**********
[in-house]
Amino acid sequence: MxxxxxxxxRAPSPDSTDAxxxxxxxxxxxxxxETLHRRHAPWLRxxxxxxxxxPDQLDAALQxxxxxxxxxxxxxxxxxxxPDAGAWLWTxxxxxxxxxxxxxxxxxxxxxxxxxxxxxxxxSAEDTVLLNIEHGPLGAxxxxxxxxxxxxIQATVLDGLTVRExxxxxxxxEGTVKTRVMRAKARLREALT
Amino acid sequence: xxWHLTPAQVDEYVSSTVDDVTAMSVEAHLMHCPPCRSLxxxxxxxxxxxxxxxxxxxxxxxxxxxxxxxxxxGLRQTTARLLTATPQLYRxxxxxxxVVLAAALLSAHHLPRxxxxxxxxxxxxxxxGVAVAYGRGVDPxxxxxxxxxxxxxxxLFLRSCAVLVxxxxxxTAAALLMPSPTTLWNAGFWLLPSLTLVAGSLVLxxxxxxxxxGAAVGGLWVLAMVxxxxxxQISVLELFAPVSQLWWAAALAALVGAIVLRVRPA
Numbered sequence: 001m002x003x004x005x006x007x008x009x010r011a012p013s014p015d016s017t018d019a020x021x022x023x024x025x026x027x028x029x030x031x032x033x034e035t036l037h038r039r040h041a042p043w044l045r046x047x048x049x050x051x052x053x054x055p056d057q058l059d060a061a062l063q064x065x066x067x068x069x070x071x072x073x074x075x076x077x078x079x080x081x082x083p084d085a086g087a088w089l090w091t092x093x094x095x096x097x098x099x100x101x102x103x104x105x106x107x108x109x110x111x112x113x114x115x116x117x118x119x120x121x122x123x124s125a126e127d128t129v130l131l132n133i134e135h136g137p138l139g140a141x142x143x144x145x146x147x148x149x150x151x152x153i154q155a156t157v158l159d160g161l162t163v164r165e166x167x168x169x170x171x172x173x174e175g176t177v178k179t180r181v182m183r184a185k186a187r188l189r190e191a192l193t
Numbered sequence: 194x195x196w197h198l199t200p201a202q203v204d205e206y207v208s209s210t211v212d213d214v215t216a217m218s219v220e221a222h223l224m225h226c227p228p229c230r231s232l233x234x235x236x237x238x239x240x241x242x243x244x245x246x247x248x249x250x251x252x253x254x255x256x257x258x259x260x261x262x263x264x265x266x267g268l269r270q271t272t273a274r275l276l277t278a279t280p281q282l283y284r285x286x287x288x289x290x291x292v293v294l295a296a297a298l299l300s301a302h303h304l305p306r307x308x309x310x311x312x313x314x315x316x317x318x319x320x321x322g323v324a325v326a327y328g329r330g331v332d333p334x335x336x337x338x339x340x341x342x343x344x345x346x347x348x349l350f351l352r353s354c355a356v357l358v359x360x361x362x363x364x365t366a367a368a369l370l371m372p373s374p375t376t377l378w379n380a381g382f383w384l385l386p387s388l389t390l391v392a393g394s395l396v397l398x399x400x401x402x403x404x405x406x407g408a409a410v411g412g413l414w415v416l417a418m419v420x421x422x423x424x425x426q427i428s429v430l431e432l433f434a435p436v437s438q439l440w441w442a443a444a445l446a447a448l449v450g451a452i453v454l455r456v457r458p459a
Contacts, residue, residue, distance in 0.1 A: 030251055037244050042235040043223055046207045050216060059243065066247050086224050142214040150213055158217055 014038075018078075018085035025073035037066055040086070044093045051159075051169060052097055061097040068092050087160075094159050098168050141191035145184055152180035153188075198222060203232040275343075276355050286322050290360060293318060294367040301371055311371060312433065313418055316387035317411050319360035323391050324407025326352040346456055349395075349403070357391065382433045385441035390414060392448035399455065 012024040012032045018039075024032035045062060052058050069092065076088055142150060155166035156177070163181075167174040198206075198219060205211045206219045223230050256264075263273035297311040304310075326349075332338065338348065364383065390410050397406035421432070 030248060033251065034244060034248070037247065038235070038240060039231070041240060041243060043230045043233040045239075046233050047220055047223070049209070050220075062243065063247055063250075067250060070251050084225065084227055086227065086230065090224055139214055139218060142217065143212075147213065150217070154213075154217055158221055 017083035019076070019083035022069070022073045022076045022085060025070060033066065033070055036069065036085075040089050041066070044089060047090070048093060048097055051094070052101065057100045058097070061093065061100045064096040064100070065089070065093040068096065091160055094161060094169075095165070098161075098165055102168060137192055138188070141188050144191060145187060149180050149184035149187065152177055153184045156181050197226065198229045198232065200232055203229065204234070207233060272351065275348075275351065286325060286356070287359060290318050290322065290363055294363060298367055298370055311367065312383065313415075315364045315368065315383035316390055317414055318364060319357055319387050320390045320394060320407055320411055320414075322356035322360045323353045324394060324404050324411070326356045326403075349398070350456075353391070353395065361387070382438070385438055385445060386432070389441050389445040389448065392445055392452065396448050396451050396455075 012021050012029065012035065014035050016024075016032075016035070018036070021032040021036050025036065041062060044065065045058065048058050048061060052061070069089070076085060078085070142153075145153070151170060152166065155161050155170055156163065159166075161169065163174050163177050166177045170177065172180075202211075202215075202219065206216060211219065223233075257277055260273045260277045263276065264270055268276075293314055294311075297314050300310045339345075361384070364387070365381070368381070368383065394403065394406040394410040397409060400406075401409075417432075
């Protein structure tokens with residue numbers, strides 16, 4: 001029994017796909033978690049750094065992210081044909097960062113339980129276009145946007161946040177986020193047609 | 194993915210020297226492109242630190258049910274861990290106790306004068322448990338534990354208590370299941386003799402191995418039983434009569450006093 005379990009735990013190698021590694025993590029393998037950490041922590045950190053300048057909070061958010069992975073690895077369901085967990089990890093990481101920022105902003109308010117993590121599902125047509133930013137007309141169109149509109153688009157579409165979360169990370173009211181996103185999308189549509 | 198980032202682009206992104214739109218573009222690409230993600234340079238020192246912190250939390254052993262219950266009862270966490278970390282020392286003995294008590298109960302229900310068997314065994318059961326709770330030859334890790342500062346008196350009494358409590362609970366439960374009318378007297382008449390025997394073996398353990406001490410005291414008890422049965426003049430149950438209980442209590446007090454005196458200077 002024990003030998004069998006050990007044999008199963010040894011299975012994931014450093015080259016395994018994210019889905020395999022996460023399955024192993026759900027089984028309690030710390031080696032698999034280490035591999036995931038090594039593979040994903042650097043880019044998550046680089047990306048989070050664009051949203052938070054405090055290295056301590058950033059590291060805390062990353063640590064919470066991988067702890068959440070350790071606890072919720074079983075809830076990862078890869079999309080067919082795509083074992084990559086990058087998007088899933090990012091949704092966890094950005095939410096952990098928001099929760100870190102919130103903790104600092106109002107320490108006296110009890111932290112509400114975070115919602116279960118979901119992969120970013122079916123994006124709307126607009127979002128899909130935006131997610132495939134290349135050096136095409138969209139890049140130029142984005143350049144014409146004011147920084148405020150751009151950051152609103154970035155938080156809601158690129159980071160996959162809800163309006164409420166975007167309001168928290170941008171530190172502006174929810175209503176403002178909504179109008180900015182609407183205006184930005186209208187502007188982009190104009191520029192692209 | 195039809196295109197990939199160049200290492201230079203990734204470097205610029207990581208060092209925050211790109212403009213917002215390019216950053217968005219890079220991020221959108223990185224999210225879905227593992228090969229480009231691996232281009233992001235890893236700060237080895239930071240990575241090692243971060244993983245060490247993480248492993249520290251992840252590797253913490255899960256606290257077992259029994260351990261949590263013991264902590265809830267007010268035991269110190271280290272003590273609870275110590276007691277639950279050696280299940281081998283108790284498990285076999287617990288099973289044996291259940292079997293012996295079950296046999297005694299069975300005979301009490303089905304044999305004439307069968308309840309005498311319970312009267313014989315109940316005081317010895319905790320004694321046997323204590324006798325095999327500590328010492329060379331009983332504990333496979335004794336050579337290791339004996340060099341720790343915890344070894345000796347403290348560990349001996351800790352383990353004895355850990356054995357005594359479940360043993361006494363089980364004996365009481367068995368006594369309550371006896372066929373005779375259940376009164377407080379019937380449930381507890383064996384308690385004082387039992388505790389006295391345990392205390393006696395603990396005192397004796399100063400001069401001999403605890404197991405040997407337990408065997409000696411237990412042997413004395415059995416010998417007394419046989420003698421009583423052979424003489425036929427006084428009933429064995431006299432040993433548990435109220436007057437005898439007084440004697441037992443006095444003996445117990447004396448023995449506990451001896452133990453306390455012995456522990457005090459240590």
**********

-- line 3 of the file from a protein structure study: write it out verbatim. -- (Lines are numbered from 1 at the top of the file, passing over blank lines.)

Amino acid sequence: xxWHLTPAQVDEYVSSTVDDVTAMSVEAHLMHCPPCRSLxxxxxxxxxxxxxxxxxxxxxxxxxxxxxxxxxxGLRQTTARLLTATPQLYRxxxxxxxVVLAAALLSAHHLPRxxxxxxxxxxxxxxxGVAVAYGRGVDPxxxxxxxxxxxxxxxLFLRSCAVLVxxxxxxTAAALLMPSPTTLWNAGFWLLPSLTLVAGSLVLxxxxxxxxxGAAVGGLWVLAMVxxxxxxQISVLELFAPVSQLWWAAALAALVGAIVLRVRPA